This phenomenon is known as a ‘ramp-up’ and explains why it took the NBN company several years to get up to speed in deploying its network under Labor; a vast amount of initial planning needed to be done before it could commence its rollout.
In comparison, the NBN company has made relatively little progress in deploying the rival technologies — Fibre to the Node and HFC cable — which the Coalition has imposed on the project.
In terms of the cost of rolling out FTTP, almost all of the NBN company’s projections over time have shown that all versions of the NBN — Labor’s and the Coalition’s — would not, in fact, cost the Government anything, because each version would actually make a return on the Government’s investment of up to seven percent.
This means that the NBN project as a whole would be profitable — ensuring the Government’s original investment in the project would be returned, with interest.
That projected return on investment figure has actually sunk under the Coalition, because of less revenues achieved using the Coalition’s Fibre to the Node and HFC cable technologies than Labor’s original fibre vision, as well as higher than expected costs associated with this legacy infrastructure.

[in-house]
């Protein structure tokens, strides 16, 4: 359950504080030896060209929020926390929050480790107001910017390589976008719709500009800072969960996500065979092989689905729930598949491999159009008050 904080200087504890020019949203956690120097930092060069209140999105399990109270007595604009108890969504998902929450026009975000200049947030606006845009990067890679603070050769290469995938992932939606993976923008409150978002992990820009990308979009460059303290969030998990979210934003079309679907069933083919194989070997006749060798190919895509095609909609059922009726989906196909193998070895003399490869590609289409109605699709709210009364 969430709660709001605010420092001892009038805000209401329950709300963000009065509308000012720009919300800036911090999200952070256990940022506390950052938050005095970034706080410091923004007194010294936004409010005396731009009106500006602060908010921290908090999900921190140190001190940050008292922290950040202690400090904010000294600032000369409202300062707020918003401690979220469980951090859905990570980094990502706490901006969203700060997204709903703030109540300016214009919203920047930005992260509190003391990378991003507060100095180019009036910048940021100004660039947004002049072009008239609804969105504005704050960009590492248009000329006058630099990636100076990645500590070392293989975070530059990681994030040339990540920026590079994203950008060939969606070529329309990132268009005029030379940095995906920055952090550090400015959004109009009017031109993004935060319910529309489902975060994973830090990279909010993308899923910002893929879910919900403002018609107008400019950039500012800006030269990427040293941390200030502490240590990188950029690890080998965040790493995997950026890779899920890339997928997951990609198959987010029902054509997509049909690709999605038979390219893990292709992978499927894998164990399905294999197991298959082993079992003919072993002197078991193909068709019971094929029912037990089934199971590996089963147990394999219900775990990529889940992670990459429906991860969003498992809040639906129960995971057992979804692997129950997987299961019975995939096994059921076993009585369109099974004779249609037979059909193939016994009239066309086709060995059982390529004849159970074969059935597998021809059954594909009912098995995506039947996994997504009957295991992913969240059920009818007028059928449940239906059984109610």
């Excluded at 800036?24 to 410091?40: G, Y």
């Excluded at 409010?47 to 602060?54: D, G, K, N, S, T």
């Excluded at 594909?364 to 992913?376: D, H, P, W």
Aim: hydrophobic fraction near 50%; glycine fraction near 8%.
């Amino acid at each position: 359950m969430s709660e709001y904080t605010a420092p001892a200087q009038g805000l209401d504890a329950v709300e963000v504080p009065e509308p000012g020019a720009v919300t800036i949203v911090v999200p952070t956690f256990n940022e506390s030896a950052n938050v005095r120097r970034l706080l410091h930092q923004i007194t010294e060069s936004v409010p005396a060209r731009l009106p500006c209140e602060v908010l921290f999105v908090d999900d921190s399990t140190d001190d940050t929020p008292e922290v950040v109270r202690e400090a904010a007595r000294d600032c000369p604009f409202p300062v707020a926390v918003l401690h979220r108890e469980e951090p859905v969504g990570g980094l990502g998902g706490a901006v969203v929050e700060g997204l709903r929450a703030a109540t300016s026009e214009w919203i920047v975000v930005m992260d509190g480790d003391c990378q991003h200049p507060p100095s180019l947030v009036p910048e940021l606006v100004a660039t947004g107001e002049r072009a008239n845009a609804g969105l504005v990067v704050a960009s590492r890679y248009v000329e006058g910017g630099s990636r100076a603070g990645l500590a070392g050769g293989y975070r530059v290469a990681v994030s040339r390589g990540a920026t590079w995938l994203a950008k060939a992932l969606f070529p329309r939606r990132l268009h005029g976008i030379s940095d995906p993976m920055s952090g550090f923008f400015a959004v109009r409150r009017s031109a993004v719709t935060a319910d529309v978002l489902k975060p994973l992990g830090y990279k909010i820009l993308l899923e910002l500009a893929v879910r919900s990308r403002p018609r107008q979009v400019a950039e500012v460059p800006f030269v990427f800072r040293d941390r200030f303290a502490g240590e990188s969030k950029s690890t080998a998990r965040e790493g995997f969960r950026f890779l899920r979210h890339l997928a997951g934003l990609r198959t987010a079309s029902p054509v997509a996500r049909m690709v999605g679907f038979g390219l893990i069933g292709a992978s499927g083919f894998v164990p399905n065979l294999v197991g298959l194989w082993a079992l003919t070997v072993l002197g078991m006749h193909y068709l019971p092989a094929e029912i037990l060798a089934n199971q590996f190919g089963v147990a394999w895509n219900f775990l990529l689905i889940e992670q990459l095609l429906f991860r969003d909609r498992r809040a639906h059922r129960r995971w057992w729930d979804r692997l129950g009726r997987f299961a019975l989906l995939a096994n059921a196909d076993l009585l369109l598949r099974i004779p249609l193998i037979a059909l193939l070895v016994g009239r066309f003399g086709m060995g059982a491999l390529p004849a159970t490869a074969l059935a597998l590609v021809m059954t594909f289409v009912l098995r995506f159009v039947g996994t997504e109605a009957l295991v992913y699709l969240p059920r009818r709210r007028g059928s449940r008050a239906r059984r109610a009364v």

Joyce’s figures on both cost and rollout time appear to have been drawn from a so-called ‘counterfactual’ produced by the NBN company in mid-2015 at the request of the Coalition Government. The document purports to show that returning the NBN to an all-FTTP model could be completed by 2026-2028 and would require $20 to $30 billion more than the Coalition’s version of the NBN. You can read it here (PDF format) on page 39.
However, the Government has repeatedly refused to release the underlying analysis which produced this document, and its few paragraphs of text are broadly regarded as being politically compromised.
Joyce’s comments on demand for high-speed broadband are also inaccurate.
Locally, the slow take-up of high-end NBN services has been linked to the company’s pricing structure, with figures such as Stephen Baxter — celebrated entrepreneur and co-founder of fibre telco PIPE Networks — stating their disbelief that the NBN company charged customers more for accessing higher speeds, rather than incentivising them to use the full capacity of the NBN network.
In short, many experts believe Australians would take up the higher NBN speeds in much greater numbers if the NBN company reworked its much-criticised wholesale pricing model.
Technology figures such as Atlassian co-founder Mike Cannon-Brookes — one of Australia’s most successful technology entrepreneurs — and others have stated in public that gigabit speeds are essential for the nation’s long-term development. In addition, internationally telcos such as AT&T, Google, Verizon and more are talking up the need for such speeds.
Joyce’s comments come just weeks after fellow Coalition MP Christopher Pyne made similar misleading comments on Q&A regarding the NBN.
Opinion/analysis to follow.
Image credit: Screenshot of Q&A, believed to be OK to use under fair dealing